Abdel Salam Kaleel, MD, MSc

Korja M, Bervini D, Assaad N, and Morgan MK. Role of Surgery in the Management of Brain Arteriovenous Malformations:Prospective Cohort Study. Stroke. 2014

Ruptured brain arteriovenous malformations (bAVM) are one of the most common causes of spontaneous intracerebral hemorrhage (ICH) under 40 years of age with a cumulative long-term risk of major morbidity or death for ruptured AVMs nearing 85%. However, the question remains: what is the best management approach for low and middle-grade bAVMs? Presently, interventional therapy for bAVM includes surgical resection, endovascular embolization, radiotherapy or a combination of these modalities, but the largest trial of unruptured bAVMs, ARUBA, mainly reflected embolization and radiotherapy outcomes, leaving surgical outcomes largely unexplored.

Between January 1989 and May 2014, 779 consecutively enrolled patients were assessed for inclusion in this prospective study, with outcome assessments performed using the modified Rankin scale (mRS) both pre-operatively and at follow up visits. Outcome variables were defined as overall adverse outcome from surgery mRS>1, major adverse outcome mRS>2, perioperative hemorrhage, or “deficit or near miss” (adverse outcome leading to mRS>1 or perioperative hemorhage). The 5-tier Spetzler-Martin grading (SMG) and 3-tier Spetzler- Ponce Class (SPC), measures of surgical risk, were utilized, assigning points for size, the presence of deep venous drainage, and location in “eloquent” brain.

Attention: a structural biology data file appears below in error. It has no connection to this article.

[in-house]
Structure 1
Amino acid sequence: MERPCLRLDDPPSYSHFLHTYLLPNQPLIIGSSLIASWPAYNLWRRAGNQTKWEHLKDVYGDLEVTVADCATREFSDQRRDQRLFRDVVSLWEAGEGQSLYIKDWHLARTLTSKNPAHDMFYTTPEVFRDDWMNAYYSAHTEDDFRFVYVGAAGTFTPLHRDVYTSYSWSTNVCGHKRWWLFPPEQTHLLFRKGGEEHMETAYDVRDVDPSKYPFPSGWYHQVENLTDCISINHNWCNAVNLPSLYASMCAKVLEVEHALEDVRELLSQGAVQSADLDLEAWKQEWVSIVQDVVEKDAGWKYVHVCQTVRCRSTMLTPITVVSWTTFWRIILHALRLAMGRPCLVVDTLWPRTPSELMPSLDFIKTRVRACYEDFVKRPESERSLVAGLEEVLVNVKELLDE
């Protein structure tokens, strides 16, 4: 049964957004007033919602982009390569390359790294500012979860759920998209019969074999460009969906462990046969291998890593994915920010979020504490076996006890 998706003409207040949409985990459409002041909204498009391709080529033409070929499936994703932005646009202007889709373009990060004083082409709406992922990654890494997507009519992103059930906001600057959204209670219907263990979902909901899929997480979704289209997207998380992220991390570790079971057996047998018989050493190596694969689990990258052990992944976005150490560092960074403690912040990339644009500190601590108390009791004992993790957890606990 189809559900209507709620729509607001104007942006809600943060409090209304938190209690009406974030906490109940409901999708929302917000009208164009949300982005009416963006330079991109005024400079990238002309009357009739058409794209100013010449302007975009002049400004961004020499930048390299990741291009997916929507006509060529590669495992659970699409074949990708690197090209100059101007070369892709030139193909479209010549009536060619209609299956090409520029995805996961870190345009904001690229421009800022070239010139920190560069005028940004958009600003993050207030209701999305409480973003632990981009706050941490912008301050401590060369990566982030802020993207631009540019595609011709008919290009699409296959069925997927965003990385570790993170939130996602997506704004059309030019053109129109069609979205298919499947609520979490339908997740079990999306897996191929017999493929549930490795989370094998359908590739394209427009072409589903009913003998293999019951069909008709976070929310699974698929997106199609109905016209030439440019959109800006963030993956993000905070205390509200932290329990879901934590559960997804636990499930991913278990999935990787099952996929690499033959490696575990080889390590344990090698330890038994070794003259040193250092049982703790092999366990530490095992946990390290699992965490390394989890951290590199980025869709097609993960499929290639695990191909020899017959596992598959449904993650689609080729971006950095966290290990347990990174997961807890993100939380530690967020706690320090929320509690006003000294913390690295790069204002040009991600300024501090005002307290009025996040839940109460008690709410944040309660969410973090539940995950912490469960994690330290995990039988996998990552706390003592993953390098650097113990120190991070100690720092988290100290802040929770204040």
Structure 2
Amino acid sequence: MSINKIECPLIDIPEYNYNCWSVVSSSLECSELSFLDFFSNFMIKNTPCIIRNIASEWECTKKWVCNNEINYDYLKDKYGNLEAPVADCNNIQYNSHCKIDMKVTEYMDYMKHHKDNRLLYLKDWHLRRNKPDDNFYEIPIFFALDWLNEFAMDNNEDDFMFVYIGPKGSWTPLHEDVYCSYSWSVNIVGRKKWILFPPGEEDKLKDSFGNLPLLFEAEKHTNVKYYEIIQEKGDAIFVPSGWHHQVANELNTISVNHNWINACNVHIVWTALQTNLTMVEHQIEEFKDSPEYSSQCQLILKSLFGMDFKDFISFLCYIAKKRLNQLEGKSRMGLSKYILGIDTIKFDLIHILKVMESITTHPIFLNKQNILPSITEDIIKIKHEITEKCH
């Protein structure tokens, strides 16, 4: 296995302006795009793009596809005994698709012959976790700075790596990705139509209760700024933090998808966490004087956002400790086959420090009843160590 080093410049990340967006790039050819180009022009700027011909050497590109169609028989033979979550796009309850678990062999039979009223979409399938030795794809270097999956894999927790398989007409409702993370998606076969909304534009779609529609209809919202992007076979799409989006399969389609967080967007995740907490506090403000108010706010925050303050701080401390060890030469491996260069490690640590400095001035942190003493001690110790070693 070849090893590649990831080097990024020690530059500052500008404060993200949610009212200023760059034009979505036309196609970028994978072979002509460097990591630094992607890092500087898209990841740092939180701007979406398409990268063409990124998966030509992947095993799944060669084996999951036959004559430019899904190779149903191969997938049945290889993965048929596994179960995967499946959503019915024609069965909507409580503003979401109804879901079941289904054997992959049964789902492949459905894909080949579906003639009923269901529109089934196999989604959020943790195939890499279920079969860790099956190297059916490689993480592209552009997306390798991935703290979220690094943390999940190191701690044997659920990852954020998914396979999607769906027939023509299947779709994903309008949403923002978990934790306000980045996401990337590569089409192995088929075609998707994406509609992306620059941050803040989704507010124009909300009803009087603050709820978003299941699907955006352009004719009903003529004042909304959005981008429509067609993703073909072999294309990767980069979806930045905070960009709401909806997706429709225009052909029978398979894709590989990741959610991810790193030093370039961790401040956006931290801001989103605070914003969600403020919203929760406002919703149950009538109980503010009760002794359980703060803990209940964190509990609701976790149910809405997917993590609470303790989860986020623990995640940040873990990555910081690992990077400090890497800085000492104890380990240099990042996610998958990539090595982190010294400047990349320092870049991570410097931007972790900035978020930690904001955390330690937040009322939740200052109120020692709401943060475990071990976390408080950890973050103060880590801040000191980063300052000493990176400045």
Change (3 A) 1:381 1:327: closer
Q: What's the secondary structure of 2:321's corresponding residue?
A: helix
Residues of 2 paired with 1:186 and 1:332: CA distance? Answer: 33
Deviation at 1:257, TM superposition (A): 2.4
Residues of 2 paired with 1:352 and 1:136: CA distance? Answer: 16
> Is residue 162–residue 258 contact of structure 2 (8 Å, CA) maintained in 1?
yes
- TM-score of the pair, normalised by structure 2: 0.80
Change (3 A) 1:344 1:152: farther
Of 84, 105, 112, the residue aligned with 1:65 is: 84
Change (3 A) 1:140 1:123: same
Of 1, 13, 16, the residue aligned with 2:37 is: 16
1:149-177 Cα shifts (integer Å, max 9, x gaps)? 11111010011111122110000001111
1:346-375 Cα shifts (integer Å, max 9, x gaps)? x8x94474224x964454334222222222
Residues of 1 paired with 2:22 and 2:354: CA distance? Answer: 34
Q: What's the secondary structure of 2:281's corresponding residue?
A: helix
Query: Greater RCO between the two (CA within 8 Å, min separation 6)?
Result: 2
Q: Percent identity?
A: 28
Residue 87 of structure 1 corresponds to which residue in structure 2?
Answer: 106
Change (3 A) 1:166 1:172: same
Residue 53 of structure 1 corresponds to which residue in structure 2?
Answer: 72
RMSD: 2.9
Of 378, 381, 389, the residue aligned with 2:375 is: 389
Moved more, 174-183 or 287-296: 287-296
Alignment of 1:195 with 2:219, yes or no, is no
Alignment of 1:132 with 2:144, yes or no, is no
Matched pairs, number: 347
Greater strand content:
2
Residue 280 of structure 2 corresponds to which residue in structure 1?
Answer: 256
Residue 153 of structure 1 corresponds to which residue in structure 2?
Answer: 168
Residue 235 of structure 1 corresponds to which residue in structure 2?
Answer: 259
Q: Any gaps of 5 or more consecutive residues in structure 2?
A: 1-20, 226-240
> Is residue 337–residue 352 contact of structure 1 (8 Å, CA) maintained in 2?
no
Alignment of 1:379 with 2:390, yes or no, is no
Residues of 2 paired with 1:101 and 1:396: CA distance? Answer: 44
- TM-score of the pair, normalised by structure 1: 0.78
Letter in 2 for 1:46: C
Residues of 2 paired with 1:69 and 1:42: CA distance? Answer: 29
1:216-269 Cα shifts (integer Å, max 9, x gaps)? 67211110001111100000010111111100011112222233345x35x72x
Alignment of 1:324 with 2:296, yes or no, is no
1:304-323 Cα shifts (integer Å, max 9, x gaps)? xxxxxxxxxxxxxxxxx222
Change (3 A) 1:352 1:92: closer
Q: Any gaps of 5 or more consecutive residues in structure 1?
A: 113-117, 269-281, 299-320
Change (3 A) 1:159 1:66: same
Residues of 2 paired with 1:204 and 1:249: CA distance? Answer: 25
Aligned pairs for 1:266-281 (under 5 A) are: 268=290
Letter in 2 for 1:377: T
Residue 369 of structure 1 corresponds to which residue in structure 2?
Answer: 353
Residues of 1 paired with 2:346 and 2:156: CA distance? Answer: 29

For those patients who underwent surgery, adverse outcomes were seen to increase with increasing SPC grades. The mRS >1 surgical combined adverse outcome rates were 1.4% for SPC A, 19% for SPC B, and 39% for SPC C and adverse outcome rates leading to mRS >2 were 0.6%, 6%, and 19% for SPC A, B, and C, respectively. Complete bAVM resection was achieved in 99.1% of patients with SPC A and B bAVMS. Multiple logistic regression analyses identified possible risk factors for adverse outcomes, including patient age, preoperative hemorrhage, preoperative embolization, largest diameter of bAMV nidus, presence of deep venous drainage, eloquent location, lenticulostriate feeders, and surgical experience. 

The authors concluded that their comprehensive cohort study provided enough evidence that most low and middle grade bAVMs, whether ruptured or unruptured, can be relatively safely treated by surgery. These results however cannot be generalized for high grade, or SPC C bAVMs.